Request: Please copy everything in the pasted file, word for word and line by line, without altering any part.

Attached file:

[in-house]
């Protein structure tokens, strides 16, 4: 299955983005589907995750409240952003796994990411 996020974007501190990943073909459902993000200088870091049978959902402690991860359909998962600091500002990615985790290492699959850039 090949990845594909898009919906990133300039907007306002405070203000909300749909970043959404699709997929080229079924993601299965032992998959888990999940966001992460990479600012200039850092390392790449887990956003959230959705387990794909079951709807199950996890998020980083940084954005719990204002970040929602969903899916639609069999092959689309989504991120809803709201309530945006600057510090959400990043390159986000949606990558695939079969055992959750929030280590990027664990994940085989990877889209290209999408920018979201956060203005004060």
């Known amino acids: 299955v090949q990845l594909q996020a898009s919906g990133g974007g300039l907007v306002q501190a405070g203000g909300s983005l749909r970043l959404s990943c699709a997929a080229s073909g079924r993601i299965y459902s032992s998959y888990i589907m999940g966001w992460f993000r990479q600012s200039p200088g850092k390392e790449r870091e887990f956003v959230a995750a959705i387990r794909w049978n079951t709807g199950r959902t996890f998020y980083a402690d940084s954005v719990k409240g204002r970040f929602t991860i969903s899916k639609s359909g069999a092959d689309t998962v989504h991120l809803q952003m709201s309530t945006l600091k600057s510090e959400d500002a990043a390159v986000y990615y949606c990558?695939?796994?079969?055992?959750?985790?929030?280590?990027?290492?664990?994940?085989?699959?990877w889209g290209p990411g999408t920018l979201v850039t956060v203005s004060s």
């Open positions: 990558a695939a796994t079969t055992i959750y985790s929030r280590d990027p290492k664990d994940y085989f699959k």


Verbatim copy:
[in-house]
């Protein structure tokens, strides 16, 4: 299955983005589907995750409240952003796994990411 996020974007501190990943073909459902993000200088870091049978959902402690991860359909998962600091500002990615985790290492699959850039 090949990845594909898009919906990133300039907007306002405070203000909300749909970043959404699709997929080229079924993601299965032992998959888990999940966001992460990479600012200039850092390392790449887990956003959230959705387990794909079951709807199950996890998020980083940084954005719990204002970040929602969903899916639609069999092959689309989504991120809803709201309530945006600057510090959400990043390159986000949606990558695939079969055992959750929030280590990027664990994940085989990877889209290209999408920018979201956060203005004060």
């Known amino acids: 299955v090949q990845l594909q996020a898009s919906g990133g974007g300039l907007v306002q501190a405070g203000g909300s983005l749909r970043l959404s990943c699709a997929a080229s073909g079924r993601i299965y459902s032992s998959y888990i589907m999940g966001w992460f993000r990479q600012s200039p200088g850092k390392e790449r870091e887990f956003v959230a995750a959705i387990r794909w049978n079951t709807g199950r959902t996890f998020y980083a402690d940084s954005v719990k409240g204002r970040f929602t991860i969903s899916k639609s359909g069999a092959d689309t998962v989504h991120l809803q952003m709201s309530t945006l600091k600057s510090e959400d500002a990043a390159v986000y990615y949606c990558?695939?796994?079969?055992?959750?985790?929030?280590?990027?290492?664990?994940?085989?699959?990877w889209g290209p990411g999408t920018l979201v850039t956060v203005s004060s």
């Open positions: 990558a695939a796994t079969t055992i959750y985790s929030r280590d990027p290492k664990d994940y085989f699959k």